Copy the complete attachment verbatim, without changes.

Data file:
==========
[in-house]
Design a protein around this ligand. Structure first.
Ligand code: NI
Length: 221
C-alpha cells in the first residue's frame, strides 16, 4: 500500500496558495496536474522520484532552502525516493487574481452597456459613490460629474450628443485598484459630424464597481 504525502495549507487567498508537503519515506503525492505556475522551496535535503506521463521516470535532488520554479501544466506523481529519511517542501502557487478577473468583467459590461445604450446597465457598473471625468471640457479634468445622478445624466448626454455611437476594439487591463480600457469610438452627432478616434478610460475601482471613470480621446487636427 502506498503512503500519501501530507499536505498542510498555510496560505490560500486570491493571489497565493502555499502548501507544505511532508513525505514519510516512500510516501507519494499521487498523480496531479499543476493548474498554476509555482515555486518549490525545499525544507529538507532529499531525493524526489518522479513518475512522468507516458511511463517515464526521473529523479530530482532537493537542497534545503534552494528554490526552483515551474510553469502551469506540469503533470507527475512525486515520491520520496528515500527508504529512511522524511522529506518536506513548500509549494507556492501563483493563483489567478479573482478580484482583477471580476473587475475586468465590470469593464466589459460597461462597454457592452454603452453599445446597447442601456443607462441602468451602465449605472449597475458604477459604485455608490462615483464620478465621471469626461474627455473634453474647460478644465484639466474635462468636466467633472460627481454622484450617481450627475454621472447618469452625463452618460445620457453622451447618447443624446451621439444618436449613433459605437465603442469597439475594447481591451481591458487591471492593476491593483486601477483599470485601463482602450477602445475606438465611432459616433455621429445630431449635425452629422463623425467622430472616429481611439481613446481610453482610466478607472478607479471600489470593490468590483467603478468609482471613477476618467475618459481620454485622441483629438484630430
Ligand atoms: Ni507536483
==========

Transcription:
[in-house]
Design a protein around this ligand. Structure first.
Ligand code: NI
Length: 221
C-alpha cells in the first residue's frame, strides 16, 4: 500500500496558495496536474522520484532552502525516493487574481452597456459613490460629474450628443485598484459630424464597481 504525502495549507487567498508537503519515506503525492505556475522551496535535503506521463521516470535532488520554479501544466506523481529519511517542501502557487478577473468583467459590461445604450446597465457598473471625468471640457479634468445622478445624466448626454455611437476594439487591463480600457469610438452627432478616434478610460475601482471613470480621446487636427 502506498503512503500519501501530507499536505498542510498555510496560505490560500486570491493571489497565493502555499502548501507544505511532508513525505514519510516512500510516501507519494499521487498523480496531479499543476493548474498554476509555482515555486518549490525545499525544507529538507532529499531525493524526489518522479513518475512522468507516458511511463517515464526521473529523479530530482532537493537542497534545503534552494528554490526552483515551474510553469502551469506540469503533470507527475512525486515520491520520496528515500527508504529512511522524511522529506518536506513548500509549494507556492501563483493563483489567478479573482478580484482583477471580476473587475475586468465590470469593464466589459460597461462597454457592452454603452453599445446597447442601456443607462441602468451602465449605472449597475458604477459604485455608490462615483464620478465621471469626461474627455473634453474647460478644465484639466474635462468636466467633472460627481454622484450617481450627475454621472447618469452625463452618460445620457453622451447618447443624446451621439444618436449613433459605437465603442469597439475594447481591451481591458487591471492593476491593483486601477483599470485601463482602450477602445475606438465611432459616433455621429445630431449635425452629422463623425467622430472616429481611439481613446481610453482610466478607472478607479471600489470593490468590483467603478468609482471613477476618467475618459481620454485622441483629438484630430
Ligand atoms: Ni507536483